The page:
11 April 2013

"The root of productivity is product"

The 12th Annual RE$EARCH MONEY Conference - Budget 2013: Checking the Pulse of Canada's Innovation Policies - convened these past two days in Ottawa. The conference is Canada's premier innovation policy forum, and featured many good speakers and discussion on Budget 2013 outcomes.

The Honourable Gary Goodyear, Minister of State, Science & Technology and the Federal Economic Development Agency for Southern Ontario opened the conference with a positive message about the state of innovation and where the country is headed. Reinforcing the results of the CCA Expert Panel Review of Science and Technology in Canada, 2012, Minister Goodyear outlined how we are fourth in the world in absolute ranking for basic research output. Budget 2013 builds on this bench strength to get more basic research commercialized and to encourage greater industry investment. It is imperative for us to step our our efforts to increase IP protection and commercialization of the basic research inventions done in our world leading university labs. As Minister Goodyear said, "Invention without IP protection is philanthropy."

Many speakers outlined how Budget 2013 is good for business, as it puts the tools of innovation in the hands of industry and encourages industry to increase investment in R&D partnerships with colleges, polytechnics and universities, as well as increased industry skills training and investment in new equipment. The new IRAP voucher program is one of these tools, and industry leaders are looking to IRAP to show leadership in how this can best spur companies to increase their R&D by tapping into public+private R&D partnerships. IRAP has had its overall budget increased in the last two federal Budgets as the NRC makes the transition into a more industry-facing organization. This is a very positive evolution, and one many are watching closely, ready to provide support.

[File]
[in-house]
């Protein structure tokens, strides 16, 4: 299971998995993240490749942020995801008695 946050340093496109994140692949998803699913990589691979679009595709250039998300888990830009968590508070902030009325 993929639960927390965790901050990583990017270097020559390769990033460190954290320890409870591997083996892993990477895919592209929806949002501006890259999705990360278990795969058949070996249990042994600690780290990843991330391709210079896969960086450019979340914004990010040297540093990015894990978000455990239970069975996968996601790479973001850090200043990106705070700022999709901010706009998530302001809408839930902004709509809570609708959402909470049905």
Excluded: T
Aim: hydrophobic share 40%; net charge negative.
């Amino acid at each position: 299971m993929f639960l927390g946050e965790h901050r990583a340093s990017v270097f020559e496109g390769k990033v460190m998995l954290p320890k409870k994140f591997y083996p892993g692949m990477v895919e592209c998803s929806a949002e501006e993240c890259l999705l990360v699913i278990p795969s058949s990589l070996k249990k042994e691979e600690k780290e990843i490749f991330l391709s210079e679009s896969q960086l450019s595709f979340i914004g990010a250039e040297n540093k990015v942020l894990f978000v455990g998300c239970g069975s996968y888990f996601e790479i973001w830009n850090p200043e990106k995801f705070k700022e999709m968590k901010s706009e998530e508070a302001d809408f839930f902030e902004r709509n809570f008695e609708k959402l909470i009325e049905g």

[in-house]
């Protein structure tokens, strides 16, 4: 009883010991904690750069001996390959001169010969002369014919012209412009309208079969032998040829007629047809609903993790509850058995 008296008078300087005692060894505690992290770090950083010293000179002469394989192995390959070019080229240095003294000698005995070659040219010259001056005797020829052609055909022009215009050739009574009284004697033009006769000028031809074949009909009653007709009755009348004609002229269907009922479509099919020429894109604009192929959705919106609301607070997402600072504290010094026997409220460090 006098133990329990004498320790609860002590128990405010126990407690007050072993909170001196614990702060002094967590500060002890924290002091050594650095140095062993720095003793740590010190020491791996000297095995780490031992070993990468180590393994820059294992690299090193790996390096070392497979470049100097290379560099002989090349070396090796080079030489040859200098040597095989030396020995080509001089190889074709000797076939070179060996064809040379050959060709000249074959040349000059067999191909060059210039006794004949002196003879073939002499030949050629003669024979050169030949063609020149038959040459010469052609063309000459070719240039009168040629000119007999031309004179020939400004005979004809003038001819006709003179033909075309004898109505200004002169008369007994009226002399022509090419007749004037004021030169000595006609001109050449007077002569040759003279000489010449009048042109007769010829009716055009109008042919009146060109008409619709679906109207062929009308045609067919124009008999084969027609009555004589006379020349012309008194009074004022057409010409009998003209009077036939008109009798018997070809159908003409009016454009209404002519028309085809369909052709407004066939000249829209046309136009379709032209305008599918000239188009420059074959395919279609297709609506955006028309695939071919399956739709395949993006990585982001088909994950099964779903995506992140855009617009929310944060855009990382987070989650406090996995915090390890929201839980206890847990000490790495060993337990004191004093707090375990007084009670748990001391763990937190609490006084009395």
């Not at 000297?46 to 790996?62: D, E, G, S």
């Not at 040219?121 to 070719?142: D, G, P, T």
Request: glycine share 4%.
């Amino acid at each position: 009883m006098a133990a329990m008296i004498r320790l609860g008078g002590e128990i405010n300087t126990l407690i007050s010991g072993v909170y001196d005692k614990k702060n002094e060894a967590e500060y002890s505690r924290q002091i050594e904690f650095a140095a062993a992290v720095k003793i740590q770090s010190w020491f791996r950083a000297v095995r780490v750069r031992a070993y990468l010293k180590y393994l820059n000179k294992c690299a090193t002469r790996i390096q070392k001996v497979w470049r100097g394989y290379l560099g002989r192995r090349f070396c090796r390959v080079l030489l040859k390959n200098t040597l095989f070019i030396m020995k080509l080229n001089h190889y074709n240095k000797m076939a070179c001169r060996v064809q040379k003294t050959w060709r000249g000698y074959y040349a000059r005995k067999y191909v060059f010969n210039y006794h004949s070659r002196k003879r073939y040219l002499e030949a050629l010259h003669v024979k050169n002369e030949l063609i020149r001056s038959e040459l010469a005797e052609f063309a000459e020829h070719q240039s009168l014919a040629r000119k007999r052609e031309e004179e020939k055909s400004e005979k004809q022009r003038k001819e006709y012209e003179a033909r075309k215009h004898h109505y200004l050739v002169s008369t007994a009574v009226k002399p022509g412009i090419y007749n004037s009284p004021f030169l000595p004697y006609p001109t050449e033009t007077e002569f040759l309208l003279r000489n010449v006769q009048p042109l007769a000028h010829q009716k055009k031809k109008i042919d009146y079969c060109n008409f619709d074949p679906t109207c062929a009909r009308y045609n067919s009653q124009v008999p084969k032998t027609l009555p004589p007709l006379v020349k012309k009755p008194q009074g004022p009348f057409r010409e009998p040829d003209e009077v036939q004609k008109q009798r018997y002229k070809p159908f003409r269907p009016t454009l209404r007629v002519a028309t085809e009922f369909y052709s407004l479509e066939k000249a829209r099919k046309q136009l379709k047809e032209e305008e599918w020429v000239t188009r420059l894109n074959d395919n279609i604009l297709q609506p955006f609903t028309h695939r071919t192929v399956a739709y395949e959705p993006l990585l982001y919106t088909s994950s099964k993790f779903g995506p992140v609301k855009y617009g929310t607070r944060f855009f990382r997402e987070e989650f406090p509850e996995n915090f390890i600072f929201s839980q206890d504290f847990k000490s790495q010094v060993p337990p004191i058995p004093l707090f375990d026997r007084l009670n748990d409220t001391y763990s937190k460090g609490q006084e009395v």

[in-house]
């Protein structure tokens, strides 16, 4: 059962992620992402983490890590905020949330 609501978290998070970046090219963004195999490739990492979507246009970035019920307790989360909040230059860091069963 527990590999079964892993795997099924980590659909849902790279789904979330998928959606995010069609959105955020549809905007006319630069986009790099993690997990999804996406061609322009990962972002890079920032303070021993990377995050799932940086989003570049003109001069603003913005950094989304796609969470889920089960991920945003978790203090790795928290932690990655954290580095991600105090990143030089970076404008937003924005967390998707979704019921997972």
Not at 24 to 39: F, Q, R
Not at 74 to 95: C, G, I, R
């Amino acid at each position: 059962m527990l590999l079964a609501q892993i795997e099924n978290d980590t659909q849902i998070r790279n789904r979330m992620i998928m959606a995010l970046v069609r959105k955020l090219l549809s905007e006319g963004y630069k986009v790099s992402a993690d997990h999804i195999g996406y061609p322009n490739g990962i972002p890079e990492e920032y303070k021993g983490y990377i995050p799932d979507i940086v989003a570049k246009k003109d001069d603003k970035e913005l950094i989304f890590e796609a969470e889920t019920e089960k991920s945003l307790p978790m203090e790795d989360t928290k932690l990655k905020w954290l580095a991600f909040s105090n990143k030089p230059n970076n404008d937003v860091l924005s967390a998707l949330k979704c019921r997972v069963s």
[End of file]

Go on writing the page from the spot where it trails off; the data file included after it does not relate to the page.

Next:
A positive output of the conference was the focus on product and what customers want. That is, what matters for commercialization and innovation is strong customer demand. Tom Jenkins put it well when he said that "Committing R&D to solving problems creates recursive value" in the community. Brokering "the difference between knowledge and know-how" is the role of innovation intermediaries, which was the focus of a panel discussion that outlined how colleges, polytechnics, universities and granting agencies are using innovation tools articulated in Budget 2013 to increase industry partnerships. Ted Hewitt of SSHRC addressed a common theme of the conference in leading a discussion about metrics and outcomes measurement, talking about SSHRC's focus on "Achievement Reporting" as one way to get the measure of how innovation intermediaries are increasingly encouraging investment in creating social and economic value by bridging labs to the world. Niagara College president Dan Patterson spoke about how college students gain innovation literacy skills while working with industry on applied research projects  reflecting the need for the entire work force to be focused on innovation and productivity.

William Harney, Executive Director of Research & Development, Magna Exteriors & Interiors, articulated the theme of productivity and productization by stating that "the root of productivity is product." It was refreshing to be part of a conversation that acknowledged the value of creating value from research, of encouraging researchers and industry to work together to create products and services, made in Canada, for both Canadian and international markets. This is the future of the R&D enterprise. Kudos to Re$earch Money for another excellent conversation.

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